Extrachromosomal circular DNA (eccDNA), ranging in size from tens to millions of base pairs, is independent of conventional chromosomes. Recently, eccDNAs have been considered an unanticipated major source of somatic rearrangements, contributing to genomic remodeling through chimeric circularization and reintegration of circular DNA into the linear genome. In addition, the origin of eccDNA is considered to be associated with essential chromatin-related events, including the formation of super-enhancers and DNA repair machineries. Moreover, our understanding of the properties and functions of eccDNA has continuously and greatly expanded. Emerging investigations demonstrate that eccDNAs serve as multifunctional molecules in various organisms during diversified biological processes, such as epigenetic remodeling, telomere trimming, and the regulation of canonical signaling pathways. Importantly, its special distribution potentiates eccDNA as a measurable biomarker in many diseases, especially cancers. The loss of eccDNA homeostasis facilitates tumor initiation, malignant progression, and heterogeneous evolution in many cancers. An in-depth understanding of eccDNA provides novel insights for precision cancer treatment. In this review, we summarized the discovery history of eccDNA, discussed the biogenesis, characteristics, and functions of eccDNA. Moreover, we emphasized the role of eccDNA during tumor pathogenesis and malignant evolution. Therapeutically, we summarized potential clinical applications that target aberrant eccDNA in multiple diseases.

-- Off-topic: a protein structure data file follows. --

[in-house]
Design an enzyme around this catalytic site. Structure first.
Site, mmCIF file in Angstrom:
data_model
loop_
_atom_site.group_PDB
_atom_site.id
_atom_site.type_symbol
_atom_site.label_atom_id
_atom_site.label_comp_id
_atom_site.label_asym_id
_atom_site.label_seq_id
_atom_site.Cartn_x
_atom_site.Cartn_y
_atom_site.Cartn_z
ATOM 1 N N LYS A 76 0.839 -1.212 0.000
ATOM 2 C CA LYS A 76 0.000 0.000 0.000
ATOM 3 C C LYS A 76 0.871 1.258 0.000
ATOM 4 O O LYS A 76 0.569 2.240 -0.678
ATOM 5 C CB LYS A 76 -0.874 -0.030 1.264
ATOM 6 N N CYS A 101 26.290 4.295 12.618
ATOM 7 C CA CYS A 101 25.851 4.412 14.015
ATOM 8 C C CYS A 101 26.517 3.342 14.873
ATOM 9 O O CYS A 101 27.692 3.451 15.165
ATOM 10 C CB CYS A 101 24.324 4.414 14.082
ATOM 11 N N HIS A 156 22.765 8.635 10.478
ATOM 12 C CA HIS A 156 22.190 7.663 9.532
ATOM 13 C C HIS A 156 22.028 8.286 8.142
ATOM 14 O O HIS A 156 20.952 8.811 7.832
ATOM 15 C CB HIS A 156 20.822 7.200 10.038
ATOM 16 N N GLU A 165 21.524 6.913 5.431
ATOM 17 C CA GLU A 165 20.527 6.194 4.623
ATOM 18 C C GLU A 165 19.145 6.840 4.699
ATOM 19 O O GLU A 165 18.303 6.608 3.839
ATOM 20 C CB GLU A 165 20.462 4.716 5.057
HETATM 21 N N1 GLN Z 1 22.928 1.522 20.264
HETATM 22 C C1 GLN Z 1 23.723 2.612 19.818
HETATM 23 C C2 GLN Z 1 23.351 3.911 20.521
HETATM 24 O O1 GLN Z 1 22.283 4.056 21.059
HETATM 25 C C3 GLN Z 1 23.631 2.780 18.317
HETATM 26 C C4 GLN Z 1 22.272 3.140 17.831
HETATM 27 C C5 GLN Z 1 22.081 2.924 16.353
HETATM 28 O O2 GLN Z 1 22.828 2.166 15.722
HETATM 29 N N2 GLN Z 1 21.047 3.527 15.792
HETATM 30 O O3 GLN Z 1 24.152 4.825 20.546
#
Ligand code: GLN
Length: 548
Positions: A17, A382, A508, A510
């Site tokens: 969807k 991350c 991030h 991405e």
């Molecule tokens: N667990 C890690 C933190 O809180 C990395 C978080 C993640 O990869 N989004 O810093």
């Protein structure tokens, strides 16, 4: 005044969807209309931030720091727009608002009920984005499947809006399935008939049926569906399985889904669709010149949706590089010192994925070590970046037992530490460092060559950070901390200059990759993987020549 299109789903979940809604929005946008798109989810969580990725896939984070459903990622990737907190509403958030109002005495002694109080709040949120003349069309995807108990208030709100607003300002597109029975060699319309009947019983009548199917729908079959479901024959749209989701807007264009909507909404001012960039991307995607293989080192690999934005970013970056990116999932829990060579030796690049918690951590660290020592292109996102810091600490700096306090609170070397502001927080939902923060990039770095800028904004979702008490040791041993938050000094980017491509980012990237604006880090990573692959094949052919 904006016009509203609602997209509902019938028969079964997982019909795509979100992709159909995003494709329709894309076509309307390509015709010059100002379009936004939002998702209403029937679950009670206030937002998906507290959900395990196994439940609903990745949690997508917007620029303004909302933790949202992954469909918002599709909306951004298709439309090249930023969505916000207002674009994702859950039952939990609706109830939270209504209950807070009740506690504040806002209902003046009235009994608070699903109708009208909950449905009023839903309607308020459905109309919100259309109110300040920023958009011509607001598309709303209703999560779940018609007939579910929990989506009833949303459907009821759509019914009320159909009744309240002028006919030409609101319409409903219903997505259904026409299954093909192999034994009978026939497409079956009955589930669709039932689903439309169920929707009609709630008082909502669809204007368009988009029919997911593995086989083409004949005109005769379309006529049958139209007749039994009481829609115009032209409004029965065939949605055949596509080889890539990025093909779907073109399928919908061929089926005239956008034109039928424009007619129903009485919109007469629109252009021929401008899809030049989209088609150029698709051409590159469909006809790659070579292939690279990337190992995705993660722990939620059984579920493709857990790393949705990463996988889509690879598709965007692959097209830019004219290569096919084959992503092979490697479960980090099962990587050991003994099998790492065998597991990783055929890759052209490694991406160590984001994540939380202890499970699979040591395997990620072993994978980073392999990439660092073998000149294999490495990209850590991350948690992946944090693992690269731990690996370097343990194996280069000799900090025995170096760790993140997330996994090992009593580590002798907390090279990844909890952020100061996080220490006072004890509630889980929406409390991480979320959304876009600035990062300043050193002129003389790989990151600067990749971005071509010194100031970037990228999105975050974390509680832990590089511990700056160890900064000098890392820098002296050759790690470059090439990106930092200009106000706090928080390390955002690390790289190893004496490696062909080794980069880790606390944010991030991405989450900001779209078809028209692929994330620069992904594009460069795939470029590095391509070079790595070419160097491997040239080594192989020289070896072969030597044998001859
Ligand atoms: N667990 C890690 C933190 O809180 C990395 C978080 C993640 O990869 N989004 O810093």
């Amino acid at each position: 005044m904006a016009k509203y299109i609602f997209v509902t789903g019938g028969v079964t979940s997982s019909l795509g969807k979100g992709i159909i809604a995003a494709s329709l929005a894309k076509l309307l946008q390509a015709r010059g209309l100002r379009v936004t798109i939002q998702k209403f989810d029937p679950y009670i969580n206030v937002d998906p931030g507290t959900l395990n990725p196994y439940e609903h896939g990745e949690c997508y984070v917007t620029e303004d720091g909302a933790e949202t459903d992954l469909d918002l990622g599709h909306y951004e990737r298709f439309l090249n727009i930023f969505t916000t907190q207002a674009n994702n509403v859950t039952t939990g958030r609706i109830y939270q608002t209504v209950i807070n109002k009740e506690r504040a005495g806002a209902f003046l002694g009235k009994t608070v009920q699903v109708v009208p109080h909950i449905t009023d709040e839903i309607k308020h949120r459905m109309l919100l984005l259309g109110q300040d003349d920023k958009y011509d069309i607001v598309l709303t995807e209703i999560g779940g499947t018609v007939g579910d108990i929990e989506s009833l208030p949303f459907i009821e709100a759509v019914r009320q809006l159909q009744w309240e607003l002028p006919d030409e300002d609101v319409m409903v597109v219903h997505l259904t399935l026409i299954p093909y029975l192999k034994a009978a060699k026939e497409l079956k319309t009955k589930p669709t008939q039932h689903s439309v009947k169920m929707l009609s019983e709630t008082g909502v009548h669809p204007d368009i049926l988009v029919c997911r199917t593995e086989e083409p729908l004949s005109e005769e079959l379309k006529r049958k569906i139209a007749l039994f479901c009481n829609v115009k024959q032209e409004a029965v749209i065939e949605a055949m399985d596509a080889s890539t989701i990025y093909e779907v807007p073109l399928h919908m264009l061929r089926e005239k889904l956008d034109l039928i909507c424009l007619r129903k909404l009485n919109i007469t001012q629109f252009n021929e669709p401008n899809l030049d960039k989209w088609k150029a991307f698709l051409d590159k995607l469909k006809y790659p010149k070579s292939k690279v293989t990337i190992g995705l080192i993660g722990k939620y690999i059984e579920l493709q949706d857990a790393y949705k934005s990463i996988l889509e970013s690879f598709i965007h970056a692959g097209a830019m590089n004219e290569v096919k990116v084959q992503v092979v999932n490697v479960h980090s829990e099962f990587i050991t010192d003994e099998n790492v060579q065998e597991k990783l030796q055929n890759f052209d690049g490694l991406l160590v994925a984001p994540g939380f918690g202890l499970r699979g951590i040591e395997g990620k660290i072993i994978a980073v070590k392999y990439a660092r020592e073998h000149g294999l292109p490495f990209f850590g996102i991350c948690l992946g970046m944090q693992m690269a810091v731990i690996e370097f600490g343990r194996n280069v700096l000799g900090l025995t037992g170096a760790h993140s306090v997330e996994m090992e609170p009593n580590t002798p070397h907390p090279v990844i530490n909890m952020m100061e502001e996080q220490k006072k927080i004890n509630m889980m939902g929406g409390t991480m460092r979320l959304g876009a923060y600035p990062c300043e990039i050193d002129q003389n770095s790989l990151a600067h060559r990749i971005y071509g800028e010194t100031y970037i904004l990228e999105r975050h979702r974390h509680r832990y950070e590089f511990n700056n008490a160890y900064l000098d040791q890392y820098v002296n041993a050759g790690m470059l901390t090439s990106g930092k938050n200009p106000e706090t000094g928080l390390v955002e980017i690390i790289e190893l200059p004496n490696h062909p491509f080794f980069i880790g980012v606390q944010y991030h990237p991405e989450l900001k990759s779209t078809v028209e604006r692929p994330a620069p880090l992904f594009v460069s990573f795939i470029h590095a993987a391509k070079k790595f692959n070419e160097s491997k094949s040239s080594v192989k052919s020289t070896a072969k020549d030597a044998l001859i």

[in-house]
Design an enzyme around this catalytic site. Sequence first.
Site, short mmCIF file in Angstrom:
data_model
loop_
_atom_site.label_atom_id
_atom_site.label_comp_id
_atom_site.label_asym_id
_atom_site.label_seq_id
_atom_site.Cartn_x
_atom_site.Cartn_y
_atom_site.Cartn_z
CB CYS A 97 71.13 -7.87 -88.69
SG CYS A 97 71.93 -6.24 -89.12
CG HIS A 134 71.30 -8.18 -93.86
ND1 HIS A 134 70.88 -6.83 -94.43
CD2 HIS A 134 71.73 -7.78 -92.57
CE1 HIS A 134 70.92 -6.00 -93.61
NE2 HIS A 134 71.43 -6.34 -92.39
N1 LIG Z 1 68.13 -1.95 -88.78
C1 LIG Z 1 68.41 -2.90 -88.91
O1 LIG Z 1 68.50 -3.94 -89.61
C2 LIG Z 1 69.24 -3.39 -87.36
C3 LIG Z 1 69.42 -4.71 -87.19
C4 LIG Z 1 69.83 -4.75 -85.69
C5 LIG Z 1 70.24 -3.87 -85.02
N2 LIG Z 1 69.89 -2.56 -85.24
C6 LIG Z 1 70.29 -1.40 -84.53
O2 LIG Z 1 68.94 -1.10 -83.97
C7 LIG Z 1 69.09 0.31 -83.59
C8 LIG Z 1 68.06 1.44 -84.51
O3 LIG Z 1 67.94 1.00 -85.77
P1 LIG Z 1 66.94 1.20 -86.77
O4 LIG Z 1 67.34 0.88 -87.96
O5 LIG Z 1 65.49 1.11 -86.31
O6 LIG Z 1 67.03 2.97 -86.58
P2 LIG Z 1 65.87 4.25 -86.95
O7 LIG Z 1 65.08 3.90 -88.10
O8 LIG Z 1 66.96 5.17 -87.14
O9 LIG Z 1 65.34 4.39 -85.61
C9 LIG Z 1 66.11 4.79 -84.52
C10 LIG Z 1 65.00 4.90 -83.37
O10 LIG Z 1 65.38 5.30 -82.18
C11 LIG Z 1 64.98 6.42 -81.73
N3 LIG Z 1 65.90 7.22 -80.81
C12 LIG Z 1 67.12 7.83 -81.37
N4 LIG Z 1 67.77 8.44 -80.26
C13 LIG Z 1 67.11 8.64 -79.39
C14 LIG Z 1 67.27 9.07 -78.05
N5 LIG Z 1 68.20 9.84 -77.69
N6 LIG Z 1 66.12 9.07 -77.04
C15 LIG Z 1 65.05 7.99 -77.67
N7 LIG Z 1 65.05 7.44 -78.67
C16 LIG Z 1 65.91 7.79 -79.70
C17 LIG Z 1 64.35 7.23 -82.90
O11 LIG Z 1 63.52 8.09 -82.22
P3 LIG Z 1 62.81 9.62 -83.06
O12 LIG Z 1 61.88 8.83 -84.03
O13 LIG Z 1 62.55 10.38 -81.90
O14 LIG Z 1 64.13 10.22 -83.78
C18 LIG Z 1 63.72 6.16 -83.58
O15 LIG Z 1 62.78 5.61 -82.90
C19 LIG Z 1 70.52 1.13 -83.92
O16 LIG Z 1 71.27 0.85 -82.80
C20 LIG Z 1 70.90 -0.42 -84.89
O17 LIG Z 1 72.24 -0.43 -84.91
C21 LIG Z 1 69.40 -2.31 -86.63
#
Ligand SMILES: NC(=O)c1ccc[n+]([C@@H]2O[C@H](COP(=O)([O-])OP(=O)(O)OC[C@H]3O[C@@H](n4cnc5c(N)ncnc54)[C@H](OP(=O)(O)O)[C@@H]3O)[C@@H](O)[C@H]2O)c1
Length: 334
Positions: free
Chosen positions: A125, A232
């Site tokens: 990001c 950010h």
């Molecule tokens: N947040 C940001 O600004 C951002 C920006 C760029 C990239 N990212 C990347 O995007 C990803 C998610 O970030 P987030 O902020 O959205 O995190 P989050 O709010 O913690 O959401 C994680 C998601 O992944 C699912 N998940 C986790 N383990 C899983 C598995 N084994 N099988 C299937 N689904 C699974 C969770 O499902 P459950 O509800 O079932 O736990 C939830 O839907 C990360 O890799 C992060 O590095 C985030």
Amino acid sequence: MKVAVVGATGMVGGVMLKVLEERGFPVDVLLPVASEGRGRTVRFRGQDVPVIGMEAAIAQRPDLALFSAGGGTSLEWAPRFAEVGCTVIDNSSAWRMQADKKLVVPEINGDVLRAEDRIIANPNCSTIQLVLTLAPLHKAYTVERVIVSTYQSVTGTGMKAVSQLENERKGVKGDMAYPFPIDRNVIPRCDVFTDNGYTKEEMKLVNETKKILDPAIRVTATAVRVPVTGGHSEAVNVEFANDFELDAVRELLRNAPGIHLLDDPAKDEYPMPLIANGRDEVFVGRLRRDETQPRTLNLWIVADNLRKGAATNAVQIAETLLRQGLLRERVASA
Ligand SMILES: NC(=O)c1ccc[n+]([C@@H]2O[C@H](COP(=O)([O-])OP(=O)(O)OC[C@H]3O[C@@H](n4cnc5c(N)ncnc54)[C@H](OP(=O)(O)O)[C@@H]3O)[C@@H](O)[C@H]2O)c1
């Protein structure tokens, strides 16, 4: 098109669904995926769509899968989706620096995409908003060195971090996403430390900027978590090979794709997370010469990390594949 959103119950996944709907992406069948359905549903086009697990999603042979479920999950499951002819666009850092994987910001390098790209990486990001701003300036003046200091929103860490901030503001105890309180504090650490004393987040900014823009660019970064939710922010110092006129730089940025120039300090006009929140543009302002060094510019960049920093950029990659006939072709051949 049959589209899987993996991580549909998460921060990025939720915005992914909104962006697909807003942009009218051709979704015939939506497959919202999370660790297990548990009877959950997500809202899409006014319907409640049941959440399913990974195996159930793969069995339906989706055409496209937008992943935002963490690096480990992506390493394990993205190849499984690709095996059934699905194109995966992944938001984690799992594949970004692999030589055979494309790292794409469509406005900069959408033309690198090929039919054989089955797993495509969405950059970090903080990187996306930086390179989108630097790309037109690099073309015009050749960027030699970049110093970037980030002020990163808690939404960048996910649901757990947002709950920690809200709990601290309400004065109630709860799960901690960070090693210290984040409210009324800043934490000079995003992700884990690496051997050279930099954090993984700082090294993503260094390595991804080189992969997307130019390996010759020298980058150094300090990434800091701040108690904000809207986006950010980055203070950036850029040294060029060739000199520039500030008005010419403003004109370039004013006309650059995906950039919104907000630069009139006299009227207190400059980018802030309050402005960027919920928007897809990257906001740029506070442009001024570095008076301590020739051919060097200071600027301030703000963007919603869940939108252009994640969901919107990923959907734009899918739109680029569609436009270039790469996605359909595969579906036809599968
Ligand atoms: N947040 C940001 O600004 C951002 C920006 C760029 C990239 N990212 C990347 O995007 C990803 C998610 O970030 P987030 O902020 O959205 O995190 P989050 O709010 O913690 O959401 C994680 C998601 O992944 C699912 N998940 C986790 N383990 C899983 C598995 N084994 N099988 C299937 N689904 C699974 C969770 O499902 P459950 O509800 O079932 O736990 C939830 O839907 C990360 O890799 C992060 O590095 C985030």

© 2022. The Author(s).